Professor Gilmore

Story By: Aly Diaz

Paul Gilmore, history and political science professor at Fresno City College, has made quite a splash since coming to FCC in 2004.

“He is unreal, and the admiration that his students have for him is incredible,” says Sean Burdine, FCC student and ASG senator. “He makes the classroom come alive and is everything that I could want in a teacher. I have joked around in the past with my friends and fellow classmates that he seems like a teacher out of a movie because he is just that good.”

Burdine has worked with Paul Gilmore in different capacities. “As a student, he has been my instructor and my club advisor; as a member of student government, I have sat in on committees with him and see him every week in on our ASG meeting; as a friend, he regularly offers advice and help; on top of everything that he does, he still regularly promotes, assists and attends a multitude of events on campus and in the community,” said Burdine. “He is truly remarkable.”

Besides teaching, Gilmore is very involved with the inner workings of this college. He attends Academic Senate meetings as a representative from the faculty union; ASG meetings, as the advisor for Sustainable Action club, and he helps to run campus Colloquium events.

“He’s just passionate about what he teaches,” said Vanessa Cabrera, a student in Gilmore’s History 12 class. Cabrera says that Gilmore’s energy and excitement makes a difference in learning to appreciate history, especially in the middle of the day, when students are ready for their afternoon nap.

Gilmore lived in Baraboo, Wisconsin, a little town of about 10,000, until he graduated from high school. “You could go outside and spit into the air and hear your spit freeze as it landed,” said Gilmore. He moved away to attend Furman University, a private liberal arts school in South Carolina, because “it was warm,” he said.

He originally considered focusing on literature and art but a class at Furman University convinced him otherwise. Professor Steve O’Neil, Gilmore’s history professor, made it clear to him that history isn’t just dates and names, it’s an “argument about the past.”

The young Gilmore was intrigued. “The idea that you could ask those questions (about history) and begin to answer them using historical analysis, a kind of critical historical imagination,” explained Gilmore, “sounded kind of good to me.”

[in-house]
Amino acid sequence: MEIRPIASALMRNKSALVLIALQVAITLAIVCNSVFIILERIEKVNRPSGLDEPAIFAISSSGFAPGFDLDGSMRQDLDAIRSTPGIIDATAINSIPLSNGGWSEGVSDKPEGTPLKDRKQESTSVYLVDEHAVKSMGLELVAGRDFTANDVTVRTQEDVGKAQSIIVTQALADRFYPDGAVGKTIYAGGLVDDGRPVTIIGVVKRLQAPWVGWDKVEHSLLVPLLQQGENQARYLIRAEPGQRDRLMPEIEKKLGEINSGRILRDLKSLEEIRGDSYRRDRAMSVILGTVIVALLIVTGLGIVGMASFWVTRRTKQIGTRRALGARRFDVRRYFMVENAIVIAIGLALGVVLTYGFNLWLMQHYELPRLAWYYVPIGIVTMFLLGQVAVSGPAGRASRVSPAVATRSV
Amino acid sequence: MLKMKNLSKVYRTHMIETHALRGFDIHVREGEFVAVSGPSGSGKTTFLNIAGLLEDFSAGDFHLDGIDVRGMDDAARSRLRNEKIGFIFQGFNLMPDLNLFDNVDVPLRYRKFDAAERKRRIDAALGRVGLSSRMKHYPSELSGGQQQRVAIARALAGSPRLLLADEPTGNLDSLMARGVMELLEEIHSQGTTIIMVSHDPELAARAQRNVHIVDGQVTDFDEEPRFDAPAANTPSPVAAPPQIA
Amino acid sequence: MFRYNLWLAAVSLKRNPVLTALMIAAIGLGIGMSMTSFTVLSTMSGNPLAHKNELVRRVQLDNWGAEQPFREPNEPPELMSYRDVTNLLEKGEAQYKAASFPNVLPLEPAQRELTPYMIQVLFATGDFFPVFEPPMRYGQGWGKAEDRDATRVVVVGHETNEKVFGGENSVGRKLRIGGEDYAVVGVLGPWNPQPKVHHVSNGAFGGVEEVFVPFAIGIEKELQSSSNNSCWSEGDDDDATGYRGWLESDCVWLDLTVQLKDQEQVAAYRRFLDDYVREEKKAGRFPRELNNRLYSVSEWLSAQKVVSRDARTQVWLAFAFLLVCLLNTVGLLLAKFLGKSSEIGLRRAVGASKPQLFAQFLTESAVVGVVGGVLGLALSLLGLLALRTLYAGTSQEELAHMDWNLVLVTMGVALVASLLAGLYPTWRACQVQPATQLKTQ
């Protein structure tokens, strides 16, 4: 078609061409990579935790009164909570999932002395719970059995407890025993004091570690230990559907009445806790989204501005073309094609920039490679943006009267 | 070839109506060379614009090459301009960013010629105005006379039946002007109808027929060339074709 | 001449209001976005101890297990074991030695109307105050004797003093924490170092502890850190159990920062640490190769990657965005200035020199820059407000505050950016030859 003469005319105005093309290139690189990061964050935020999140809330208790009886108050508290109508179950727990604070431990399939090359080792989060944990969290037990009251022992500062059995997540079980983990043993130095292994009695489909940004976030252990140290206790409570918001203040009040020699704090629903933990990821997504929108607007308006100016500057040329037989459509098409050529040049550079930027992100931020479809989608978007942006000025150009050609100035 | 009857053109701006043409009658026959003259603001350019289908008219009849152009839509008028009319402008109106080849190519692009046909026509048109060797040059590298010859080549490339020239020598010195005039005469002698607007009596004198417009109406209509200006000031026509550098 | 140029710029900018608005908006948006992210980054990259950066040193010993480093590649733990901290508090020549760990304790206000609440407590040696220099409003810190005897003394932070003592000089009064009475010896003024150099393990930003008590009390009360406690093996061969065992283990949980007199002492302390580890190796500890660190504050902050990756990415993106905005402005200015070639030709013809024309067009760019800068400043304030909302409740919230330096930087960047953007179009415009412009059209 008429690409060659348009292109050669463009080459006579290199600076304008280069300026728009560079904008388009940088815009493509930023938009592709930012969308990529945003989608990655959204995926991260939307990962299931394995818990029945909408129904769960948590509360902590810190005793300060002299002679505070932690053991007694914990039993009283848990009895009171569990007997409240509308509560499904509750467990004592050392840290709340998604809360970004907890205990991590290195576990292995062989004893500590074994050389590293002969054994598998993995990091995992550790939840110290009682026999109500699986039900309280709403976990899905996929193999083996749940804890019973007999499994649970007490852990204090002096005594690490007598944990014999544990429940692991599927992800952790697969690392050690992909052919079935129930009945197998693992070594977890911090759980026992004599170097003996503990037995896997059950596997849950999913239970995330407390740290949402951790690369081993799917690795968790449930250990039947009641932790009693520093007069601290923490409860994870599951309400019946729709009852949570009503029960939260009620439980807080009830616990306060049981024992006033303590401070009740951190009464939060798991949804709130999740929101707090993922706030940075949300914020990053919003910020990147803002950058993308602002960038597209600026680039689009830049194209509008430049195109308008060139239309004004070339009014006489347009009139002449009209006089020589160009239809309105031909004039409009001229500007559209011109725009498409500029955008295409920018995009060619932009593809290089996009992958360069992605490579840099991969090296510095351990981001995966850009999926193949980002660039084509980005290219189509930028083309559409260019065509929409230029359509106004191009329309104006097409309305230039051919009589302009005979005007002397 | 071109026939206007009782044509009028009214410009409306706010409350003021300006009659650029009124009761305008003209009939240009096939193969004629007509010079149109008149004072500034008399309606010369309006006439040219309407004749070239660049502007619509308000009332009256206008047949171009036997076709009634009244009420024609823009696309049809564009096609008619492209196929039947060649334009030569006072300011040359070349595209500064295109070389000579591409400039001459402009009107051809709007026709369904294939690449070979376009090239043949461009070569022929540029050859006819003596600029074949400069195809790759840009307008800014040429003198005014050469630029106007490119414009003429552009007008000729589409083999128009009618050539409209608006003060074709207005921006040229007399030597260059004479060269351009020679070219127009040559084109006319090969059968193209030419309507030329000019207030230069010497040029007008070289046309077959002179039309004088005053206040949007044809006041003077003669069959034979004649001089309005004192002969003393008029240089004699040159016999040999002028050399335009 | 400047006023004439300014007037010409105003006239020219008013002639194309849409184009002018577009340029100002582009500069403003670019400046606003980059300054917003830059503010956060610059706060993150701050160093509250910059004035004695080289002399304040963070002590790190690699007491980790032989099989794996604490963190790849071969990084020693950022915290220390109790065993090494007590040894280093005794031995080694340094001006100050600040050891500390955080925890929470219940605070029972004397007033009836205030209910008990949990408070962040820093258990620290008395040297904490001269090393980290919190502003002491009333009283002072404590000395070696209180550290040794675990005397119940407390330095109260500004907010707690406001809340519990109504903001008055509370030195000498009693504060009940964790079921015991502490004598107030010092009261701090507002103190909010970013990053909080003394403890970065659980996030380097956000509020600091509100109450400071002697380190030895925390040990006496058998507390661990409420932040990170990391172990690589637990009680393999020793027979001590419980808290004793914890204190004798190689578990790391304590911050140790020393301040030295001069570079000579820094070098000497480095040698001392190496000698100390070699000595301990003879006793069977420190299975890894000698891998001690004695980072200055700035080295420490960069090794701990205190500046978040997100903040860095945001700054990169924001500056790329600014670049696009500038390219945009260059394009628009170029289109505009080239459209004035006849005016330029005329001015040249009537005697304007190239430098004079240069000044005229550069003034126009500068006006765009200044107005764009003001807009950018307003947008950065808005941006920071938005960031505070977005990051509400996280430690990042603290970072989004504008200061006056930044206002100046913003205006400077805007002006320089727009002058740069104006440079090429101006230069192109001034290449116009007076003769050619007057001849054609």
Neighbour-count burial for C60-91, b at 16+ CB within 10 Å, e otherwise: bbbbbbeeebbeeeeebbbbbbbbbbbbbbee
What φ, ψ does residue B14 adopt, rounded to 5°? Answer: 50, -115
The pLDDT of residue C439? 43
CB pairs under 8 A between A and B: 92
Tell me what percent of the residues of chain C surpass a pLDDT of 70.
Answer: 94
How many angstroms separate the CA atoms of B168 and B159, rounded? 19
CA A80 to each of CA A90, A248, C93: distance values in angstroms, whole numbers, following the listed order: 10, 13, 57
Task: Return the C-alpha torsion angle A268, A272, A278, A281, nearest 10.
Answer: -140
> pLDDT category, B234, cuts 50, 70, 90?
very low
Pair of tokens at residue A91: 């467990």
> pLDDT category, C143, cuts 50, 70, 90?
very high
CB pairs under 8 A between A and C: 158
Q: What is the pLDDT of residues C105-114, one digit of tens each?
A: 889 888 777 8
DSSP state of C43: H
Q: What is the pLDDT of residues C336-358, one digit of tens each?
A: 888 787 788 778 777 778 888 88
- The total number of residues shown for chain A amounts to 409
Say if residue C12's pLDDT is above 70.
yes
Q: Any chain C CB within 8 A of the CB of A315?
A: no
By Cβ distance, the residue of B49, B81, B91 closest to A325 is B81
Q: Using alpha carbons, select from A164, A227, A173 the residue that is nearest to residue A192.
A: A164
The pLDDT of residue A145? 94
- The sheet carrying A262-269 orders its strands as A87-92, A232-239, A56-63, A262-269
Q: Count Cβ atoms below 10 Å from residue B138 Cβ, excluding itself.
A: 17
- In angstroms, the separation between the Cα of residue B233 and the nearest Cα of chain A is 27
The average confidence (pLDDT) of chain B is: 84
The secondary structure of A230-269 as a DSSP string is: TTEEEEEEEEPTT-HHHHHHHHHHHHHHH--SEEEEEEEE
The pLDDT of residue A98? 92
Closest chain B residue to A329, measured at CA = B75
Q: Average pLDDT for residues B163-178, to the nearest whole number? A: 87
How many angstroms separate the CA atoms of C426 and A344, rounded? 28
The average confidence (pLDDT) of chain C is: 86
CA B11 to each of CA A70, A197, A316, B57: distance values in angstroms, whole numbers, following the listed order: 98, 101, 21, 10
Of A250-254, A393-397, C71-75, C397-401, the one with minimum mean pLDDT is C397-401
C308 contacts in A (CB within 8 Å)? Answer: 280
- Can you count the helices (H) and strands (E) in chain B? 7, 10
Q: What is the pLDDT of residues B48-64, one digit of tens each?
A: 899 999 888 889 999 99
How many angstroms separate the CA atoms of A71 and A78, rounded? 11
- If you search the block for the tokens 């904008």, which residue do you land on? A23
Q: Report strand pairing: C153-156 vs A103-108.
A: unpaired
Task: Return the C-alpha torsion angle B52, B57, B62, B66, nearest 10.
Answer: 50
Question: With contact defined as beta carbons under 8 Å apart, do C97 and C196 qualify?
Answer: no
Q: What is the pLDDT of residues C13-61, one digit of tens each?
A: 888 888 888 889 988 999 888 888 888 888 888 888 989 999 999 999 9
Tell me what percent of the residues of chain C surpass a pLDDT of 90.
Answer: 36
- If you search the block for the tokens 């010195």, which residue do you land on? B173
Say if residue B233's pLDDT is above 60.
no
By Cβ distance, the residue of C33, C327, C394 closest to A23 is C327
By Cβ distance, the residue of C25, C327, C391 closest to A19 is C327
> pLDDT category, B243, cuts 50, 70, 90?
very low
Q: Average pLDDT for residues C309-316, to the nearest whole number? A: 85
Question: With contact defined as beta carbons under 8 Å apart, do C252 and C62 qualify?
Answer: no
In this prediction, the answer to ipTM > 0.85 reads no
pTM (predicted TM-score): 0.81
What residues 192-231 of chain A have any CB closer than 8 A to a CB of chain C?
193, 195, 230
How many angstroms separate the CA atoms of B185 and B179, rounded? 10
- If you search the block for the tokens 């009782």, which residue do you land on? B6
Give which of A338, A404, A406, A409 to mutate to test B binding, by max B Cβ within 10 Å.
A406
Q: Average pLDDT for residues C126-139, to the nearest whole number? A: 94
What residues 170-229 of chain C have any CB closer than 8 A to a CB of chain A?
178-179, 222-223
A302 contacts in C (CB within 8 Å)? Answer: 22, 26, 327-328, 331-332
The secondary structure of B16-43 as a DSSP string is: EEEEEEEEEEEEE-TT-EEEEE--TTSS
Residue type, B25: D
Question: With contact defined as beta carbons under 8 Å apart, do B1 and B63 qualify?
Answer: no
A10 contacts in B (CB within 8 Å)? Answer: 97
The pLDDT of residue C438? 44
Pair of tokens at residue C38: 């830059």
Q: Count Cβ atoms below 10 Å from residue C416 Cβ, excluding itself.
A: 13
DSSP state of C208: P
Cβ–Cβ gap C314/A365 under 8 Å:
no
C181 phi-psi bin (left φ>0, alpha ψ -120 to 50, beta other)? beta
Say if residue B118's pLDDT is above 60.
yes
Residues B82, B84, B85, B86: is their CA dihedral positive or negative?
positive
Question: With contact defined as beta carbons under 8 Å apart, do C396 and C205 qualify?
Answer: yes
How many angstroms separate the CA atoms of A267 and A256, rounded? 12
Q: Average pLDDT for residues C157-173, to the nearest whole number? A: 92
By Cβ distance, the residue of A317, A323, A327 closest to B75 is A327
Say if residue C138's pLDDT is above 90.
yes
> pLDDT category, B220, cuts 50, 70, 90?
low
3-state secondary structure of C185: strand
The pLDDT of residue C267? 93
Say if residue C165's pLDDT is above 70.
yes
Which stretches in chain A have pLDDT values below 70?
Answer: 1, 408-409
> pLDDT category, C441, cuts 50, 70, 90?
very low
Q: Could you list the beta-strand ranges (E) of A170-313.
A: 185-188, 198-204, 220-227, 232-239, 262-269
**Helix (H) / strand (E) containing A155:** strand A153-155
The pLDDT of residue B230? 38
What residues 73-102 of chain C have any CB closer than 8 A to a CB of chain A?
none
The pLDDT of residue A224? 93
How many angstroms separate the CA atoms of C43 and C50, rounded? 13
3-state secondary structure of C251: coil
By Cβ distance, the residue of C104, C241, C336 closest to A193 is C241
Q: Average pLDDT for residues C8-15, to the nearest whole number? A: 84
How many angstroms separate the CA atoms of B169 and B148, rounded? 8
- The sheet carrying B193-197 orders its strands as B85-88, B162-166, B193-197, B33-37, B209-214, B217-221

He said that challenging myths of the past was also appealing. “There are stories we tell ourselves about ourselves that are wrong,” Gilmore said. “It’s always nice to kind of take a look at those myths and begin to complicate the story a little bit, to kind of debunk them.”

Gilmore explored these concepts in-depth, as he continued his education in history at the University of Wisconsin and Georgia Institute of Technology. Nine years of higher education equipped Gilmore with a BA in History from Furman University, an MA in History from the University of Wisconsin, Milwaukee and an MS in History of Technology from Georgia Tech. He completed his doctoral coursework and began his dissertation on “the history of supermarkets in Los Angeles and Chicago between 1925 and 1955.”

“I wanted to do the history, not of your typical workers, like steel workers or miners or something like that, but people that you don’t even think of, in day-to-day life, like the checker, the clerk, and the stocker,” he said.

When he started his job at FCC, Gilmore said he resolved not to continue his dissertation. “It made me realize that I liked teaching a heck of a lot more than I liked research,” said Gilmore. He especially enjoys instructing students at FCC, who “seem to have made a conscious decision to come to school.”

FCC has many students who have seen their parents and guardians struggle, and who have had to work for a living. “There is something about the fact that students here, not all of them but enough of them, are motivated to really do something,” said Gilmore.  

Gilmore’s students appreciate what he contributes to their lives. “Students just are flat devoted to him,” said Jerry Thurston, Interpersonal Communications professor at FCC. “You always hear students talking in hallways, and just even to you, about ‘Gilmore, Gilmore.'”

Thurston said that after watching Gilmore give a special presentation on the history of immigration, he got to experience what other Gilmore‘s students see weekly. “That guy’s a really dynamic, energetic, fun, interesting teacher,” said Thurston.

Aside from making class interesting, Gilmore’s primary goal is to prepare his students.

“It’s not about getting a better job; it’s not about learning names and dates; it’s about getting the tools that you need to best defend your liberties,” said Gilmore. “There are other things that you do with your life besides work for somebody, and history classes are good for that other thing, for those other things.”